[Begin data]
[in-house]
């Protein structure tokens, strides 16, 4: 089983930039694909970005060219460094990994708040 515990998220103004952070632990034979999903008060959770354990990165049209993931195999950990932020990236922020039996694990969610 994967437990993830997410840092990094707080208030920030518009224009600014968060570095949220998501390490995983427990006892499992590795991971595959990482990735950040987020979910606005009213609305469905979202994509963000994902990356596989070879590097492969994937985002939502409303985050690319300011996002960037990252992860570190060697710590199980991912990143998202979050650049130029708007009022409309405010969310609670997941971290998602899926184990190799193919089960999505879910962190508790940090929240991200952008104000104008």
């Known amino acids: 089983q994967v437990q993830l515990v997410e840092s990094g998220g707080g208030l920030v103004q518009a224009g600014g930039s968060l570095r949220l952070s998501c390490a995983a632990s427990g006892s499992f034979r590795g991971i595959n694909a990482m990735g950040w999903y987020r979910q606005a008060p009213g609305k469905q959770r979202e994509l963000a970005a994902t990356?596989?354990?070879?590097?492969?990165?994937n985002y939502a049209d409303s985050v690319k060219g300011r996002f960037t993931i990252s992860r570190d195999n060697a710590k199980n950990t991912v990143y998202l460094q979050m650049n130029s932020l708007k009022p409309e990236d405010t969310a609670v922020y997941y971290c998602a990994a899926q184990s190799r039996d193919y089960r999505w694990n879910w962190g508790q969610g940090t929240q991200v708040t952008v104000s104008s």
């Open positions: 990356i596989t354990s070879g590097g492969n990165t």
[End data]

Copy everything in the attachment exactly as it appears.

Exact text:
[in-house]
């Protein structure tokens, strides 16, 4: 089983930039694909970005060219460094990994708040 515990998220103004952070632990034979999903008060959770354990990165049209993931195999950990932020990236922020039996694990969610 994967437990993830997410840092990094707080208030920030518009224009600014968060570095949220998501390490995983427990006892499992590795991971595959990482990735950040987020979910606005009213609305469905979202994509963000994902990356596989070879590097492969994937985002939502409303985050690319300011996002960037990252992860570190060697710590199980991912990143998202979050650049130029708007009022409309405010969310609670997941971290998602899926184990190799193919089960999505879910962190508790940090929240991200952008104000104008």
């Known amino acids: 089983q994967v437990q993830l515990v997410e840092s990094g998220g707080g208030l920030v103004q518009a224009g600014g930039s968060l570095r949220l952070s998501c390490a995983a632990s427990g006892s499992f034979r590795g991971i595959n694909a990482m990735g950040w999903y987020r979910q606005a008060p009213g609305k469905q959770r979202e994509l963000a970005a994902t990356?596989?354990?070879?590097?492969?990165?994937n985002y939502a049209d409303s985050v690319k060219g300011r996002f960037t993931i990252s992860r570190d195999n060697a710590k199980n950990t991912v990143y998202l460094q979050m650049n130029s932020l708007k009022p409309e990236d405010t969310a609670v922020y997941y971290c998602a990994a899926q184990s190799r039996d193919y089960r999505w694990n879910w962190g508790q969610g940090t929240q991200v708040t952008v104000s104008s």
């Open positions: 990356i596989t354990s070879g590097g492969n990165t």